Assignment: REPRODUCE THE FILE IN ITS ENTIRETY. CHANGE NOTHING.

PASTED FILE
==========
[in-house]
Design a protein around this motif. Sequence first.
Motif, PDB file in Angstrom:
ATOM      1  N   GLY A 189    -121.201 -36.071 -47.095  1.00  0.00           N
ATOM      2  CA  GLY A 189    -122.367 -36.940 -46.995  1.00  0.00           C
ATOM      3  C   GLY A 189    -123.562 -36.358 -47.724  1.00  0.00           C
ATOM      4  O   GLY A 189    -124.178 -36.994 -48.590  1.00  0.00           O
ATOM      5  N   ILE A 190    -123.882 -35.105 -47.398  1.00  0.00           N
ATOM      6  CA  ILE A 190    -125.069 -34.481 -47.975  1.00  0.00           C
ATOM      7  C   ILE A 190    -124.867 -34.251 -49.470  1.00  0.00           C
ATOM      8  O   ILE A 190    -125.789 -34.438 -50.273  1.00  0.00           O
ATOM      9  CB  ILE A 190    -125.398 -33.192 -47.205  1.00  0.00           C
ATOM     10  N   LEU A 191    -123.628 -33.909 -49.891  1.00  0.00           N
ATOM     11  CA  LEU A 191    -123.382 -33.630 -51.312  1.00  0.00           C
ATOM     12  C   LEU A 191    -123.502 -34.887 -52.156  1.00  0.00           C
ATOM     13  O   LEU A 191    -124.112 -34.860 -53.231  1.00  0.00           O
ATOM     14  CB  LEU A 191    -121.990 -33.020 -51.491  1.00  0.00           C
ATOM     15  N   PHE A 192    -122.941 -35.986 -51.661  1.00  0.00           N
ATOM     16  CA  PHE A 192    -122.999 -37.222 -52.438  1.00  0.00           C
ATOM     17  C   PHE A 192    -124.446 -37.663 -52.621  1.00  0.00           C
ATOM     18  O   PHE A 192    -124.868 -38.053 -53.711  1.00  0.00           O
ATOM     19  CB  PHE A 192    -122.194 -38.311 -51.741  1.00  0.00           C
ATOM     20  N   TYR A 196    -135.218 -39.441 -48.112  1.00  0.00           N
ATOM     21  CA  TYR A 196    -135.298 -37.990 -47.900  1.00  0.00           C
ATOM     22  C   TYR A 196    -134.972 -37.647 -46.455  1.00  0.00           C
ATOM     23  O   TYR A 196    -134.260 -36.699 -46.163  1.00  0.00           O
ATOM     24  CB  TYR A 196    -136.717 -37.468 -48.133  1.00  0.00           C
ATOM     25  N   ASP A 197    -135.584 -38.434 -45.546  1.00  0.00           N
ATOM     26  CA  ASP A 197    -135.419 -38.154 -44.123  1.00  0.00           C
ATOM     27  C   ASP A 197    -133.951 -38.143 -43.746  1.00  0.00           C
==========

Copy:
[in-house]
Design a protein around this motif. Sequence first.
Motif, PDB file in Angstrom:
ATOM      1  N   GLY A 189    -121.201 -36.071 -47.095  1.00  0.00           N
ATOM      2  CA  GLY A 189    -122.367 -36.940 -46.995  1.00  0.00           C
ATOM      3  C   GLY A 189    -123.562 -36.358 -47.724  1.00  0.00           C
ATOM      4  O   GLY A 189    -124.178 -36.994 -48.590  1.00  0.00           O
ATOM      5  N   ILE A 190    -123.882 -35.105 -47.398  1.00  0.00           N
ATOM      6  CA  ILE A 190    -125.069 -34.481 -47.975  1.00  0.00           C
ATOM      7  C   ILE A 190    -124.867 -34.251 -49.470  1.00  0.00           C
ATOM      8  O   ILE A 190    -125.789 -34.438 -50.273  1.00  0.00           O
ATOM      9  CB  ILE A 190    -125.398 -33.192 -47.205  1.00  0.00           C
ATOM     10  N   LEU A 191    -123.628 -33.909 -49.891  1.00  0.00           N
ATOM     11  CA  LEU A 191    -123.382 -33.630 -51.312  1.00  0.00           C
ATOM     12  C   LEU A 191    -123.502 -34.887 -52.156  1.00  0.00           C
ATOM     13  O   LEU A 191    -124.112 -34.860 -53.231  1.00  0.00           O
ATOM     14  CB  LEU A 191    -121.990 -33.020 -51.491  1.00  0.00           C
ATOM     15  N   PHE A 192    -122.941 -35.986 -51.661  1.00  0.00           N
ATOM     16  CA  PHE A 192    -122.999 -37.222 -52.438  1.00  0.00           C
ATOM     17  C   PHE A 192    -124.446 -37.663 -52.621  1.00  0.00           C
ATOM     18  O   PHE A 192    -124.868 -38.053 -53.711  1.00  0.00           O
ATOM     19  CB  PHE A 192    -122.194 -38.311 -51.741  1.00  0.00           C
ATOM     20  N   TYR A 196    -135.218 -39.441 -48.112  1.00  0.00           N
ATOM     21  CA  TYR A 196    -135.298 -37.990 -47.900  1.00  0.00           C
ATOM     22  C   TYR A 196    -134.972 -37.647 -46.455  1.00  0.00           C
ATOM     23  O   TYR A 196    -134.260 -36.699 -46.163  1.00  0.00           O
ATOM     24  CB  TYR A 196    -136.717 -37.468 -48.133  1.00  0.00           C
ATOM     25  N   ASP A 197    -135.584 -38.434 -45.546  1.00  0.00           N
ATOM     26  CA  ASP A 197    -135.419 -38.154 -44.123  1.00  0.00           C
ATOM     27  C   ASP A 197    -133.951 -38.143 -43.746  1.00  0.00           C